Landlord’s legal rights

We specialise in providing legal services to landlords.For assistance with preparing a tenancy agreement, seeking possession and everything in between, we are here to help.

What are a landlord’s legal rights and obligations?

As a residential landlord, you are likely to be very familiar with the wording of a tenancy agreement. This agreement creates express rights and responsibilities for both yourself, as a landlord, and the tenant(s) of your property. However, it is important to remember that not everything  is contained in the tenancy agreement. There are other implied terms on landlords and tenants that do not have to be in writing, but will be read-into the agreement either by actions or by operation of the law.

For example, tenants are required to act in a ‘tenant-like manner’. This phrase was used by a judge in a leading legal case to explain the responsibilities of a tenant. Examples of such responsibilities include reporting any repairs to the landlord or letting agent, keeping the property well ventilated to prevent dampness and condensation, carrying out minor maintenance such as bulb changes and checking smoke alarms, disposing of rubbish, and ensuring the property is reasonably tidy.

The same goes for landlords, who are under a statutory duty to ensure that that a property is fit for human habitation, both when the tenancy begins and throughout its duration. This duty cannot be removed or limited by a clause in the tenancy agreement, nor can the tenant be penalised for relying on that duty.

When determining whether a residential property is fit for habitation, the following will be considered:

  • repair;
  • stability;
  • freedom from damp;
  • internal arrangement;
  • natural lighting;
  • ventilation;
  • water supply;
  • drainage and sanitary conveniences;
  • facilities for preparation and cooking of food and for the disposal of wastewater; and
  • in relation to a dwelling in England, any prescribed hazard.

Unfortunately, disputes do often arise in respect of a landlord’s legal rights and obligations, which can make things very awkward and stressful. If any of the terms of the tenancy agreement are breached or the tenant is not behaving in a ‘tenant-like manner’, you have a right, as landlord, to take legal action. Where things are beyond resolution and eviction is the only answer, landlords should ensure that they do everything required by the law so that they are in the strongest position possible when the case comes to court.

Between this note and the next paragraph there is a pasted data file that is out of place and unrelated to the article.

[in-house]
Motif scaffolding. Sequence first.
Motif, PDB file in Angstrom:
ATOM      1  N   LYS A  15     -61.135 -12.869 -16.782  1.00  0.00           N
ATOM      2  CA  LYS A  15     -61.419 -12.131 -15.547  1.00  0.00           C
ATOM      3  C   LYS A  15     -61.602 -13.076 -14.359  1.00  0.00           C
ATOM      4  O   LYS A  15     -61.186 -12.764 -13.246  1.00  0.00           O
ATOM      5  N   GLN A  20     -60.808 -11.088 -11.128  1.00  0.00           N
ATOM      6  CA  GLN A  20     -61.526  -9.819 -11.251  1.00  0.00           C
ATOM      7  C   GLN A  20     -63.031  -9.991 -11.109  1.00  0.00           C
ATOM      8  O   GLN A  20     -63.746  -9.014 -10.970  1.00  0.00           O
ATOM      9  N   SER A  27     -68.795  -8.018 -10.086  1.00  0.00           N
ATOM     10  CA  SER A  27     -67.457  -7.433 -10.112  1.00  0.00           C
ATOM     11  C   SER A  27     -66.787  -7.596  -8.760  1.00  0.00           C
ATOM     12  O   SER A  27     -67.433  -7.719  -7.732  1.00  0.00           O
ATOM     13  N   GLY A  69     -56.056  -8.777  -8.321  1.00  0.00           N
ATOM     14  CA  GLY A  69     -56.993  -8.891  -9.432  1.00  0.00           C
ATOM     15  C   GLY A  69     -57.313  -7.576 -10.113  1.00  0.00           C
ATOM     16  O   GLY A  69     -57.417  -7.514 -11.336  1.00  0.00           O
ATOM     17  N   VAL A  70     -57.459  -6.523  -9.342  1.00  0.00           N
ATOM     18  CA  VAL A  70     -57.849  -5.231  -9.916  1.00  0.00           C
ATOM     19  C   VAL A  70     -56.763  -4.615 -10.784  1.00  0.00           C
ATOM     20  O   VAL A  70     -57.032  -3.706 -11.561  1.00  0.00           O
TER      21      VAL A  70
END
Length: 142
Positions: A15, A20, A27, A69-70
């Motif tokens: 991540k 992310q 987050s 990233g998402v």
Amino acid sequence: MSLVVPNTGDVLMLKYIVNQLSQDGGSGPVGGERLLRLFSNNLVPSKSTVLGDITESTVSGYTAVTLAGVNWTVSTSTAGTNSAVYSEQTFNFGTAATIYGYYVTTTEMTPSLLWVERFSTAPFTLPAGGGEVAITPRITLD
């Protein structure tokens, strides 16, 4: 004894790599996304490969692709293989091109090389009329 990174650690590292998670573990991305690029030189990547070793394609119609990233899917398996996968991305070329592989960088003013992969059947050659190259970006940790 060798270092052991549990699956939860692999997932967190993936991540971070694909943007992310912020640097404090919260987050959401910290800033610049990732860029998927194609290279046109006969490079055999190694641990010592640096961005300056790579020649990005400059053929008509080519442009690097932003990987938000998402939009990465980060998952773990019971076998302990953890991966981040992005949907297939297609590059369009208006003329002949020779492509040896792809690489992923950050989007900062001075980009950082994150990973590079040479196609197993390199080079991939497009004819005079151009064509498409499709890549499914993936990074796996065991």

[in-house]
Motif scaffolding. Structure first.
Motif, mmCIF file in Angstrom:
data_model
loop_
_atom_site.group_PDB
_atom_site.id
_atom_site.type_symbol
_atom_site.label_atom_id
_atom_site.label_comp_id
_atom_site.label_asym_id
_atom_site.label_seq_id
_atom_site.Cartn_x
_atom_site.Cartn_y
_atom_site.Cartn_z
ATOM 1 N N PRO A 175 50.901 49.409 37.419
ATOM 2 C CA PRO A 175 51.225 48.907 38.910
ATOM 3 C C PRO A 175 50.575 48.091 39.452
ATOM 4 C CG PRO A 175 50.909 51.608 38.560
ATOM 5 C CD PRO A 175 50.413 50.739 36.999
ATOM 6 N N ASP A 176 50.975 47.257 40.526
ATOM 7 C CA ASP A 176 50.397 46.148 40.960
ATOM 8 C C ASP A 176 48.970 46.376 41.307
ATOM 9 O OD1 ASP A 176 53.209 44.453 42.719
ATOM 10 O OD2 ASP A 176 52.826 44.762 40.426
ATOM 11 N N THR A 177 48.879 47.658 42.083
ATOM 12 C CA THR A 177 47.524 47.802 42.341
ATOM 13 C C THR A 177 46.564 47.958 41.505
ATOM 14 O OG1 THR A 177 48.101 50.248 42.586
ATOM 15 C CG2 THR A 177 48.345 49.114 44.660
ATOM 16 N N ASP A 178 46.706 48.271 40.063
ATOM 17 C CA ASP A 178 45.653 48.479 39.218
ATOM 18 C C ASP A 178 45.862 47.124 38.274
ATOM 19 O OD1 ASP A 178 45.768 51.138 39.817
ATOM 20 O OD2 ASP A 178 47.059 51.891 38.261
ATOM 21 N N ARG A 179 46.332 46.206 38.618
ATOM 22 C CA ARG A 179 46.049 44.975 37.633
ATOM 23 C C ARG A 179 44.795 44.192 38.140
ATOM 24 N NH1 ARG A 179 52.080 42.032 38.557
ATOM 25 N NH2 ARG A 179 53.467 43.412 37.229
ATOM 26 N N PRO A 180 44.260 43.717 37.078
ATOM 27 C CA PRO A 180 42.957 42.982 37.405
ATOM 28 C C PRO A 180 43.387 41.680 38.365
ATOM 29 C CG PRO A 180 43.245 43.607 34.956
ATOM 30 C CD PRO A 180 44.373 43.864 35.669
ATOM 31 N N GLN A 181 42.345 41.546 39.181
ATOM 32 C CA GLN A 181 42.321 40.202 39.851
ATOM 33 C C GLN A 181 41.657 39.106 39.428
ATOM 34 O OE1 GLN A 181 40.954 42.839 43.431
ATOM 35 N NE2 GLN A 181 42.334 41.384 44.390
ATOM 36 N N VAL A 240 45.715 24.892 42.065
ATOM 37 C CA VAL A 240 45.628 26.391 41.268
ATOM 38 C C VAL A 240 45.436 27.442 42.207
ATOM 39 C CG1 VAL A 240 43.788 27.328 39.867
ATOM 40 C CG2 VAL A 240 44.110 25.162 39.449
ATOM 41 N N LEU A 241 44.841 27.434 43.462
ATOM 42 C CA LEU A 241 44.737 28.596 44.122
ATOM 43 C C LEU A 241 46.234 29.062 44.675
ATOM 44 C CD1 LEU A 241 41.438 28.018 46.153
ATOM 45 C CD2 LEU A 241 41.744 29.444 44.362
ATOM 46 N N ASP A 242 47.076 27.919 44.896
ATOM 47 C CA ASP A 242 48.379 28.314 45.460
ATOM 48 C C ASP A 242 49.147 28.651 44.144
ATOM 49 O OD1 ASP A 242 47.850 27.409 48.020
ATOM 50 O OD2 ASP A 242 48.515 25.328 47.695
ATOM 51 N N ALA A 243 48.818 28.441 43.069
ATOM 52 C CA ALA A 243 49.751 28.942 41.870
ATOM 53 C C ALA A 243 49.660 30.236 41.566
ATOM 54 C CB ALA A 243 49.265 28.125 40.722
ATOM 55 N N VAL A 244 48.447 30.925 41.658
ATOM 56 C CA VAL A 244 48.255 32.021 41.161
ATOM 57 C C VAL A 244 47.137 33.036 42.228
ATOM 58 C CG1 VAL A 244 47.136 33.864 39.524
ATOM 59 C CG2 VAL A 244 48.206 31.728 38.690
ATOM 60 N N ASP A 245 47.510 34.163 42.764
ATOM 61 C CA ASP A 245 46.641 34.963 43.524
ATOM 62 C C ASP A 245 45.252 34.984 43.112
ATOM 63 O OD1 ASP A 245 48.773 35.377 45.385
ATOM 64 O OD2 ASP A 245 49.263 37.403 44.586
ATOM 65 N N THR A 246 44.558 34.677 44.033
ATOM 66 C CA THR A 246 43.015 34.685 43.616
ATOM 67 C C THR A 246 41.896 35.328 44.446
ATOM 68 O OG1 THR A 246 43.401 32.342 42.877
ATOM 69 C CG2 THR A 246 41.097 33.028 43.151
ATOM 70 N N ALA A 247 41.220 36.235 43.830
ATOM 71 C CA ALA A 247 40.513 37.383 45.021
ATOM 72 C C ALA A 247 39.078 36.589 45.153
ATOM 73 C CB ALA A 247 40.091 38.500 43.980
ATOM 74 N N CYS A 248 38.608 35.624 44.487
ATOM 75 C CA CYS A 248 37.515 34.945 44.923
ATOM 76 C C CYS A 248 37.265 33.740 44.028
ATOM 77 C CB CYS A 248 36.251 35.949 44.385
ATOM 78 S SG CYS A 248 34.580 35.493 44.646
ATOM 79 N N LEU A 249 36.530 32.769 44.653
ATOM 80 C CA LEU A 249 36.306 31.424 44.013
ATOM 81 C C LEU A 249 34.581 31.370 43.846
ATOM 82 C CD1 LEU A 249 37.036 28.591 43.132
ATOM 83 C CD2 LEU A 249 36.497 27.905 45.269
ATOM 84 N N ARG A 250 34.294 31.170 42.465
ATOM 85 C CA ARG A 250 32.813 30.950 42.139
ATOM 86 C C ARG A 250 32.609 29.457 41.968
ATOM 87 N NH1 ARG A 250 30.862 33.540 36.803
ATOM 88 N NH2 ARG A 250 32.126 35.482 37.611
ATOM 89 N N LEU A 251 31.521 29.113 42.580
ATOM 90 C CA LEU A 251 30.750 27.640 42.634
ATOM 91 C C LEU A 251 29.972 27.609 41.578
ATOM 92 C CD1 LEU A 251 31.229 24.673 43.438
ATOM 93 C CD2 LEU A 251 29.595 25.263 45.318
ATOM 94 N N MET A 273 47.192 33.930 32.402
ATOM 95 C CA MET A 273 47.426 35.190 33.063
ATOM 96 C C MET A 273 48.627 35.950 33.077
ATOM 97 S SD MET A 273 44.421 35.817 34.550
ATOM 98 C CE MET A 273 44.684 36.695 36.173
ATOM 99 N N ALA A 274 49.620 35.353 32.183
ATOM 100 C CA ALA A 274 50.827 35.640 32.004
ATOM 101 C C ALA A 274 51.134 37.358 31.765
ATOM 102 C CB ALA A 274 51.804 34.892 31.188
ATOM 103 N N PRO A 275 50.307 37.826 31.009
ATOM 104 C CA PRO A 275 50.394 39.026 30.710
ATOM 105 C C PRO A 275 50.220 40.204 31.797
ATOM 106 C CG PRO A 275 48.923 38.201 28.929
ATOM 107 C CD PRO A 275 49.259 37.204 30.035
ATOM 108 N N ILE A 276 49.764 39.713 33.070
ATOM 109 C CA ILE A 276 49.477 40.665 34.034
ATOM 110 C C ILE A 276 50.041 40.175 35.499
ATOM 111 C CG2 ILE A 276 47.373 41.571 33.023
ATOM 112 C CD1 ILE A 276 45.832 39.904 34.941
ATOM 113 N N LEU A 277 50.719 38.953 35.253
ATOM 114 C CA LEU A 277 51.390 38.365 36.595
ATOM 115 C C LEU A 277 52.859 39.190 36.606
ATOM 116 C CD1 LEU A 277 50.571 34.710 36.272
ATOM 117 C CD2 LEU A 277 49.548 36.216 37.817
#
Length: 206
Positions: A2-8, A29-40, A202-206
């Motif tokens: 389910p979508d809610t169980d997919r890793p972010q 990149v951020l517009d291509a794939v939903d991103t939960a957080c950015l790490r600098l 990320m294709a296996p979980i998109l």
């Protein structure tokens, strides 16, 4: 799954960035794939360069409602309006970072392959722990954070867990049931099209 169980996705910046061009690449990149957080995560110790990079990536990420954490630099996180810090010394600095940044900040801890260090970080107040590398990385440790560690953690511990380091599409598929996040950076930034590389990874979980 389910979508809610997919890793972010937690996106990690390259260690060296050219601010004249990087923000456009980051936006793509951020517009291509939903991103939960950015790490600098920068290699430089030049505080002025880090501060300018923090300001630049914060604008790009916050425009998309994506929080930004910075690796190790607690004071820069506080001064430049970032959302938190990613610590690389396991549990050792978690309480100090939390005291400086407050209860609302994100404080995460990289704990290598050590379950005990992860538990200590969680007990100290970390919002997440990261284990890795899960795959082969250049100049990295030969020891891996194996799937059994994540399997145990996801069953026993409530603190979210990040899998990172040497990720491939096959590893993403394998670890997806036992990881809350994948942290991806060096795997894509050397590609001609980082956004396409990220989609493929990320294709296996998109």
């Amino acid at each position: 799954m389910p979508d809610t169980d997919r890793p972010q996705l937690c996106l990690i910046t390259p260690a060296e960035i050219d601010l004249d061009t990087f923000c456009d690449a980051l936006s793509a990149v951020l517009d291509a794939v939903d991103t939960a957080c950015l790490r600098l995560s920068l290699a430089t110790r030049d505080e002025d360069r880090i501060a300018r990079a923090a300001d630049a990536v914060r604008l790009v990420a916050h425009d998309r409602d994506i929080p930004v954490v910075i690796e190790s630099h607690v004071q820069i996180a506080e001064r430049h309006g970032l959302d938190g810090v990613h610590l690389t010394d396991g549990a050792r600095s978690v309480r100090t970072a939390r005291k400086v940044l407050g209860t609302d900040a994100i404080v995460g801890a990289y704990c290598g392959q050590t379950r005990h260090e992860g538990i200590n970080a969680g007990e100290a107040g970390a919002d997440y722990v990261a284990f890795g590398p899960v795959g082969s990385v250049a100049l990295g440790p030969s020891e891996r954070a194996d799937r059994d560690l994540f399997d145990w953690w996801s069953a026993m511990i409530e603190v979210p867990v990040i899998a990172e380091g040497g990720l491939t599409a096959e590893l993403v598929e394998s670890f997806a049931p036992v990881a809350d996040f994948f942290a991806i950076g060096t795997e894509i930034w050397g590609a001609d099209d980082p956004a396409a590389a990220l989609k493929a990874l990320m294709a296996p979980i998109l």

It is therefore vital for landlords to ensure that the tenancy agreement is well drafted, setting out each parties’ rights and obligations clearly, with the document being easily accessible by all parties.

Communication is key. Ensure that there is a constant line of communication between yourself and the tenant, or via an agency if that is the preferred arrangement.

We would also recommend you exhaust all other options before beginning legal proceedings. For example, if your tenant is behind on rent, try to see if you can come to an arrangement with them. You should also consider Alternative Dispute Resolution; details of which can be found online.

When asking the court to make a possession order, you will be in a stronger position if you have done all you can and were fully aware of your tenant’s situation before taking legal action. This is especially true if you are relying on a discretionary ground for possession under Schedule 2 of the Housing Act 1988. Furthermore, the more information you have, the greater chance you will have of successfully countering any potential defence raised by the tenant.

If eviction is the only option, ensure that all the required steps are followed. Depending on whether you make a Section 8 or Section 21 possession application, make sure you follow all the steps prescribed by the Housing Act 1988 and the relevant sections, namely s28 to 48, of the Deregulation Act 2015. Failure to do so could see your application thrown out by the court and the process having to be repeated, causing delay and additional cost.

If you are having difficulty with a tenant and would like guidance on a landlord’s legal rights then please call our Devon and Somerset team on 0333 888 0404 or send us an email.

Picture of Emma Slade

Emma Slade

Emma Slade is a solicitor and partner specialising in professional negligence claims against professionals, commercial litigation, and Landlord & Tenant law.
Picture of Emma Slade

Emma Slade

Emma Slade is a solicitor and partner specialising in professional negligence claims against professionals, commercial litigation, and Landlord & Tenant law.

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